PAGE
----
• American Gods by Neil Gaiman I don’t know how to talk about American Gods because I’m slightly embarrassed to admit that I did not love it as much I expected to. I definitely enjoyed it, although, it took a lot longer to get hooked by it than the normal Gaiman novel. In fact, it was only my love of ancient mythology that kept me from turning away, thanks to all sorts of gods and demigods being sprinkled throughout. And while the metaphor for how our technology has become our modern god was heavy-handed at times, it was an interesting story that turned out to be worth the time invested, even if I doubt I would read it again.
  • The Art of the English Murder by Lucy Worsley I was so disappointed by this nonfiction exploration of the literary history of murder in England. While it was packed with information, the writing was stale and generally uninteresting, at least after the first half, which is exactly what you don’t want in a book. I had to fight tooth and nail to get through what should have been a fascinating topic. It is not a good sign when you find yourself only reading a sentence or two over the course of a few pages, or deciding to skip chapters entirely based on the first few paragraphs. Perhaps it would be better to see the television special, which was the catalyst behind this book’s research. I will say that the first few chapters were good reads, but  Worsley seemed to have lost her enticing voice halfway through.
  • The Terrible and Wonderful Reasons Why I Run Long Distances by Matthew Inman of The Oatmeal fame:  As part of a presentation I gave to some local high schoolers about nonfiction and what sorts of books are available, I spent a great deal of time exploring the nonfiction graphic novels in our collection. I read The Oatmeal often and I also have a (generally failed) aspiration to run consistently, so I thought this would be the perfect book for me. And it was a fun book that was also informative (The Oatmeal is a humorous webcomic, so it stands to reason that it might not be packed with facts, though some of the strips are factual). And it gave hope to a wannabe runner that finds it difficult to stay motivated.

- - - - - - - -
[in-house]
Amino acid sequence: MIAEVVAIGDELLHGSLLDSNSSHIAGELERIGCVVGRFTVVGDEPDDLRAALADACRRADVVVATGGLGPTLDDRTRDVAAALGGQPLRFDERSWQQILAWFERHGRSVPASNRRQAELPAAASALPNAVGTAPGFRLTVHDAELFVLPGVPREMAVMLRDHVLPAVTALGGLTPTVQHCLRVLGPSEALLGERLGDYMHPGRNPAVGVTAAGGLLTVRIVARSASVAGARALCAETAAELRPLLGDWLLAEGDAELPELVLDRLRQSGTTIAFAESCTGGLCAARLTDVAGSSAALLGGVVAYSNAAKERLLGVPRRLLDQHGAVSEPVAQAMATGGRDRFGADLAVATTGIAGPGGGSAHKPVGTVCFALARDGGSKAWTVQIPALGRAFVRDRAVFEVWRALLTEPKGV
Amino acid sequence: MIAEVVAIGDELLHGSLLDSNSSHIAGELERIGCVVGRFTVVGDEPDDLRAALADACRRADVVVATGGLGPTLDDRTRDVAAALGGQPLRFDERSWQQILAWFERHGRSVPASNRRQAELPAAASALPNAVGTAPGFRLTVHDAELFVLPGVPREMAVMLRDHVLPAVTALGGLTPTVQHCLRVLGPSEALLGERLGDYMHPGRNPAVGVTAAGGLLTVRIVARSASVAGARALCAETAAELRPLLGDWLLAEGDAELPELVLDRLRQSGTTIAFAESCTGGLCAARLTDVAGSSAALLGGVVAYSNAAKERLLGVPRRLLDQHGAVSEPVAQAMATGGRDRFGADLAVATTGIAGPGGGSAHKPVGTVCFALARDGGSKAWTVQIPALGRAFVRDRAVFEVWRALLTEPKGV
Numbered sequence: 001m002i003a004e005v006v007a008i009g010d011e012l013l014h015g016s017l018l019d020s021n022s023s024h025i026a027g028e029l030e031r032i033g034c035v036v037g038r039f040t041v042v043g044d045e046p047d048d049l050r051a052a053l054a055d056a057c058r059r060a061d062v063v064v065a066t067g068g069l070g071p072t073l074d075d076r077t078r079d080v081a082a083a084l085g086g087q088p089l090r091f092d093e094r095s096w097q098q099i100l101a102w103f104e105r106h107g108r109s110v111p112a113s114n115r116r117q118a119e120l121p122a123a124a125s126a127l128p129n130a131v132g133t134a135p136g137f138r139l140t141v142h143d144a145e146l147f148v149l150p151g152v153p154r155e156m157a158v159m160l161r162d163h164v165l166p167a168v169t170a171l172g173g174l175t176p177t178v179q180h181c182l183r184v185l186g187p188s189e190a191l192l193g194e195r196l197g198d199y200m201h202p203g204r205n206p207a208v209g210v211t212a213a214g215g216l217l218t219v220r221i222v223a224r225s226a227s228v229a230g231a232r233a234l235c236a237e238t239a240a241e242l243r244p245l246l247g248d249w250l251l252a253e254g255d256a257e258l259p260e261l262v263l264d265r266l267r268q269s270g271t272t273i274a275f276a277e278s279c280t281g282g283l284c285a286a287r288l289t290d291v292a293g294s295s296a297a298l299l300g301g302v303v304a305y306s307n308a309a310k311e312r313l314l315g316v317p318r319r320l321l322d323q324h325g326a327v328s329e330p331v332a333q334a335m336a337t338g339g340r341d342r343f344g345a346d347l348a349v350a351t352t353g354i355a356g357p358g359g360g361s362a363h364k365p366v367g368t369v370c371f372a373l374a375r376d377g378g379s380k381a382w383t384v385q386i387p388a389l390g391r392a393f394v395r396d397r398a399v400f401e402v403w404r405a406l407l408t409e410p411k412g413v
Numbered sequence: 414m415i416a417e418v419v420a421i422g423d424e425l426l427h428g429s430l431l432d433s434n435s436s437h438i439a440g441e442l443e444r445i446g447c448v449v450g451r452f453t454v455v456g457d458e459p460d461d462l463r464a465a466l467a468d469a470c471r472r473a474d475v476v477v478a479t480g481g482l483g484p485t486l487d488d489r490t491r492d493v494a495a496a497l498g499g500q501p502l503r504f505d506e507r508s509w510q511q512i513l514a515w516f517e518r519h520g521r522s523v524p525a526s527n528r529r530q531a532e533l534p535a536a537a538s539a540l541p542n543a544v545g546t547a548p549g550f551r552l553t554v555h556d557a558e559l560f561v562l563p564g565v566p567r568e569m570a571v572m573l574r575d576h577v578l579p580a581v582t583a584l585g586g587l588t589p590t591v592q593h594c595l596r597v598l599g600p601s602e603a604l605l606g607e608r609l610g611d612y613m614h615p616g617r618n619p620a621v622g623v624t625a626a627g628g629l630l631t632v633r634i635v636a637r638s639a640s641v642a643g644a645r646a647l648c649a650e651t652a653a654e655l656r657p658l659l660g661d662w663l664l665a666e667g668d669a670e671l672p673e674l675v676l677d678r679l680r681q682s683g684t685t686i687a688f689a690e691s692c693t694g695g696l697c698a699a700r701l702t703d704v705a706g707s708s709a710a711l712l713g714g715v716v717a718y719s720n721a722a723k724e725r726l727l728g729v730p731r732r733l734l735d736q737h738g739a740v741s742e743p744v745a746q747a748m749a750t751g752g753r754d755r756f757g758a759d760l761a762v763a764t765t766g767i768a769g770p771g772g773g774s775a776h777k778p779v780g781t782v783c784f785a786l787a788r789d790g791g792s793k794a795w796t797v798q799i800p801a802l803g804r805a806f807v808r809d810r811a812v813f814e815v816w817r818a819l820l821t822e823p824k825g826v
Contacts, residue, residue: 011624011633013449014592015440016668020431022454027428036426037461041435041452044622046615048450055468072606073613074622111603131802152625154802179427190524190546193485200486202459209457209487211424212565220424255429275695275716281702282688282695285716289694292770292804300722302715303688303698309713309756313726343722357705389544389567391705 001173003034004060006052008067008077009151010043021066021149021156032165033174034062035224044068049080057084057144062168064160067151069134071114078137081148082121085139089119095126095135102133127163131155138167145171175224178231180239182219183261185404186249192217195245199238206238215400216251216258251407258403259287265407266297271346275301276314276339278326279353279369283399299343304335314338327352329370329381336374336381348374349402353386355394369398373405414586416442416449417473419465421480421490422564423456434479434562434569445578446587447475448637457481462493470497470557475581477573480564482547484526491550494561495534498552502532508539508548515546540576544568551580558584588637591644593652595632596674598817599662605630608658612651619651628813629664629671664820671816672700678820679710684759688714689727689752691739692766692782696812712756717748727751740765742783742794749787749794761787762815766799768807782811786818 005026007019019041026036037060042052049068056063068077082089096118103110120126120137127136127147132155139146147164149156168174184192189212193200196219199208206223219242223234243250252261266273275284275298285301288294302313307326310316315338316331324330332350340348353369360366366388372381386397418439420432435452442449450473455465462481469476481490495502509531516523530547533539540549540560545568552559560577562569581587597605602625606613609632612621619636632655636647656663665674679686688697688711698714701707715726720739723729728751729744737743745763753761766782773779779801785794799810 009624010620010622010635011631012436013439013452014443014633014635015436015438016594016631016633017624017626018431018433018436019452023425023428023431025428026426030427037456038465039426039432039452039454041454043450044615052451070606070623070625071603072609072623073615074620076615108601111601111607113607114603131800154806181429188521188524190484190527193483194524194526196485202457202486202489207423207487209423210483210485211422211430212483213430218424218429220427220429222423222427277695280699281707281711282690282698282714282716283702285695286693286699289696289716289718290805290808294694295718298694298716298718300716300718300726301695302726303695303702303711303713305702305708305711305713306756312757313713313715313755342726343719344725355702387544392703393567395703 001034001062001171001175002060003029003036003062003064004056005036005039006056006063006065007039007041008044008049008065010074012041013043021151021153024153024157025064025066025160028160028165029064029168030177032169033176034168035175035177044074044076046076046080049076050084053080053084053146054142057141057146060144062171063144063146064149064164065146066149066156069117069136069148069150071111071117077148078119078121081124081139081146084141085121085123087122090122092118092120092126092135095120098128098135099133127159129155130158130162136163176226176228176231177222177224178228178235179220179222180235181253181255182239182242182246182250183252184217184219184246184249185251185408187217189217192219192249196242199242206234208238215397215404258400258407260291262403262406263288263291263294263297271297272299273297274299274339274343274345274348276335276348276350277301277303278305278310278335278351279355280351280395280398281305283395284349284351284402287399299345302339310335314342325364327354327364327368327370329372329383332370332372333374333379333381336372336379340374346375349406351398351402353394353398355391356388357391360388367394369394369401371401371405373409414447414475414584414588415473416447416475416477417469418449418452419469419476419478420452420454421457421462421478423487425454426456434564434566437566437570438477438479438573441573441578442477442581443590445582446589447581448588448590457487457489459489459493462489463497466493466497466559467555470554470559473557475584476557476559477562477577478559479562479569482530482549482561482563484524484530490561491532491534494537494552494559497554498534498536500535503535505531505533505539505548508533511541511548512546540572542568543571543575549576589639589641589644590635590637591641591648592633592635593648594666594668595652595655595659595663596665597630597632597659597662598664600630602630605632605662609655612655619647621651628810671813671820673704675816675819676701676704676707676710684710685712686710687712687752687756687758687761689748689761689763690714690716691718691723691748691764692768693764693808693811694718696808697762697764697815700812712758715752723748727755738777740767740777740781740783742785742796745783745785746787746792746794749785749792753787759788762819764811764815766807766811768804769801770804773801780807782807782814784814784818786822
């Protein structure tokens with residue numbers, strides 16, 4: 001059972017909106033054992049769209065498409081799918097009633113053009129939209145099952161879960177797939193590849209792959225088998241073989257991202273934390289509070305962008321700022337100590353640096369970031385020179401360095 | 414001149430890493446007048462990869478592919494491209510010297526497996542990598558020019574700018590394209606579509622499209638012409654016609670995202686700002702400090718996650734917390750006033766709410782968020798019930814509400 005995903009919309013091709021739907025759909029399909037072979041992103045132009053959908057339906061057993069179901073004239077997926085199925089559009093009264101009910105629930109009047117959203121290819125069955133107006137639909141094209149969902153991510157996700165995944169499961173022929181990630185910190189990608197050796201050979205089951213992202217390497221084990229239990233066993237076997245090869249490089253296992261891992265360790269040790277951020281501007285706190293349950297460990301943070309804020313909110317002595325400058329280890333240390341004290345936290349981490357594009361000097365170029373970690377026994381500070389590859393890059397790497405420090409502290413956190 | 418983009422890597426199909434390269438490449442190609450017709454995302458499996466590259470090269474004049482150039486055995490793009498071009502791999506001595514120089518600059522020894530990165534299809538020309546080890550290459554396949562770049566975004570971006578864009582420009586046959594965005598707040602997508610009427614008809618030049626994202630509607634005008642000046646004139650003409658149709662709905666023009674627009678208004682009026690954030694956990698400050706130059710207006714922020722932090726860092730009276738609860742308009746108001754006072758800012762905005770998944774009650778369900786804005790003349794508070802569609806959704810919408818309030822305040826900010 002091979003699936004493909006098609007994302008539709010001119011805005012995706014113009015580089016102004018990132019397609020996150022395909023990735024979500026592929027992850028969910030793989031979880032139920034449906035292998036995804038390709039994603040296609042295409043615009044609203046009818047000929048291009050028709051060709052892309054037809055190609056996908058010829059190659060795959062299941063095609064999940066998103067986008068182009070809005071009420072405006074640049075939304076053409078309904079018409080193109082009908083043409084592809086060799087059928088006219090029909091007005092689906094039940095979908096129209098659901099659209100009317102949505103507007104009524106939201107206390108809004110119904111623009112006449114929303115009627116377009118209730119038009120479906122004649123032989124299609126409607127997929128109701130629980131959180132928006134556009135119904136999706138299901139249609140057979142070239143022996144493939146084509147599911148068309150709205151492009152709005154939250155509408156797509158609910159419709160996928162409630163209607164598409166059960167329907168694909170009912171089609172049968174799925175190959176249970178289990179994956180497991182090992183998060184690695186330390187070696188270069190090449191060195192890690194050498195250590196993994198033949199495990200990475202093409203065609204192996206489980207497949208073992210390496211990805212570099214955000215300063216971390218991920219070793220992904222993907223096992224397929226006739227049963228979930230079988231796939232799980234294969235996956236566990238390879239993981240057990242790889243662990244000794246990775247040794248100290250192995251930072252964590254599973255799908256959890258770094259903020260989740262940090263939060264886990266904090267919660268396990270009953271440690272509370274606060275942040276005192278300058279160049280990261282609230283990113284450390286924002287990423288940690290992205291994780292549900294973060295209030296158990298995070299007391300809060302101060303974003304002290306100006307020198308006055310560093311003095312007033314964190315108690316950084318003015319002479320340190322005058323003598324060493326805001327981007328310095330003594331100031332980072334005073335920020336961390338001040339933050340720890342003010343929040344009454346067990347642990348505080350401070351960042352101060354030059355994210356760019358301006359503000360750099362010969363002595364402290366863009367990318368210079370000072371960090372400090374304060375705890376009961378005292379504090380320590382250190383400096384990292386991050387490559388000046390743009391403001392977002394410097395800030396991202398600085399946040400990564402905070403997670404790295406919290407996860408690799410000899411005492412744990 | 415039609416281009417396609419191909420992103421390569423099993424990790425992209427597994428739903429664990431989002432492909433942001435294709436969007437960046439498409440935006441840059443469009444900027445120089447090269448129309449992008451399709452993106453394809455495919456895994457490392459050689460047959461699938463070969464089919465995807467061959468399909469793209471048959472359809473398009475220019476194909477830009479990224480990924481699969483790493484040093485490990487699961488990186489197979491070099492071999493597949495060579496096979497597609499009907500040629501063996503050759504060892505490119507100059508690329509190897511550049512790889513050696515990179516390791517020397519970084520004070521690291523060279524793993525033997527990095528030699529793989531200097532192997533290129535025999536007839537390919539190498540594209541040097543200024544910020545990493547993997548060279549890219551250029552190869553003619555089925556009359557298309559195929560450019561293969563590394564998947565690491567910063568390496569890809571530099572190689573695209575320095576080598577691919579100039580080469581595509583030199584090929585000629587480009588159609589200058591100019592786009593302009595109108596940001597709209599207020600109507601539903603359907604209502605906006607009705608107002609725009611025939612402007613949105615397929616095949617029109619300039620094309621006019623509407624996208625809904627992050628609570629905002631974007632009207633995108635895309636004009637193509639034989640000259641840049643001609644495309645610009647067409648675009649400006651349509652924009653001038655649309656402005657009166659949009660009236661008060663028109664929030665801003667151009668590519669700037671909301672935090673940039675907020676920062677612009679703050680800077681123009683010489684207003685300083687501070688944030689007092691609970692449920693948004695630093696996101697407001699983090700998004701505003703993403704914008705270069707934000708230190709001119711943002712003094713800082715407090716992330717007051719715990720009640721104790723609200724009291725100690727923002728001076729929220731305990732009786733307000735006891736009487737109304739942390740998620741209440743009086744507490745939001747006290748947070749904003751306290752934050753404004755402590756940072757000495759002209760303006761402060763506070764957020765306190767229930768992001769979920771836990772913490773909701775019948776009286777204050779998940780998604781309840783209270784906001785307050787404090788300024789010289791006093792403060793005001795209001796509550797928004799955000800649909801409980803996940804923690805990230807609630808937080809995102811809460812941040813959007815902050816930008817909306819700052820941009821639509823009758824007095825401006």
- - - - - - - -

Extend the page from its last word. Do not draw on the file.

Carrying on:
• Relish: My Life in the Kitchen by Lucy Knisley I do love books about the human experience with food. This was another graphic novel, this time offering vignettes of the author’s most memorable and life-defining encounters with food. The illustrations were bright and cheerful, and I identified with the way the author thinks about food and her experiences with divorced parents. It’s definitely a fun read and a good example of a memoir in graphic novel form, although, perhaps not as tension-filled as Persepolis. I think it’s time we recognized that graphic novels are a valid form of literature.
  • As You Wish: Inconceivable Tales from the Making of The Princess Bride by Cary Elwes I read this book in about 9 hours over the course of 2 days during Thanksgiving break. Let me preface this by saying that I love the special features on DVDs. I remember watching the George Lucas interview that was split into 3, half-hour parts and preceded the movies themselves on the VHS over and over. I never skipped them to get to the movie. And when I got the VHS for The Matrix, I hated that I had to fast forward through the credits to get to all the good stories of how it was filmed. I love knowing all the trivia about what this or that actor had to overcome and why a decision was made to do this or that. So I am already predisposed to LOVE this book. And love it I did. Cary Elwes already has this sweet earnestness to him that makes him such a great witness to all the ups and downs of the filming of one of my favorite movies. I loved learning more about Andre the Giant, the secret motivation that made Mandy Patinkin so believable as Inigo Montoya and the ad-libbing that was essential to the success of the memorable Miracle Max sequence. If you’ve seen the movie, read this book. If you haven’t seen the movie, then see it already, crazy person! Then you can read this heartfelt and hilarious account of the making of this beautiful film.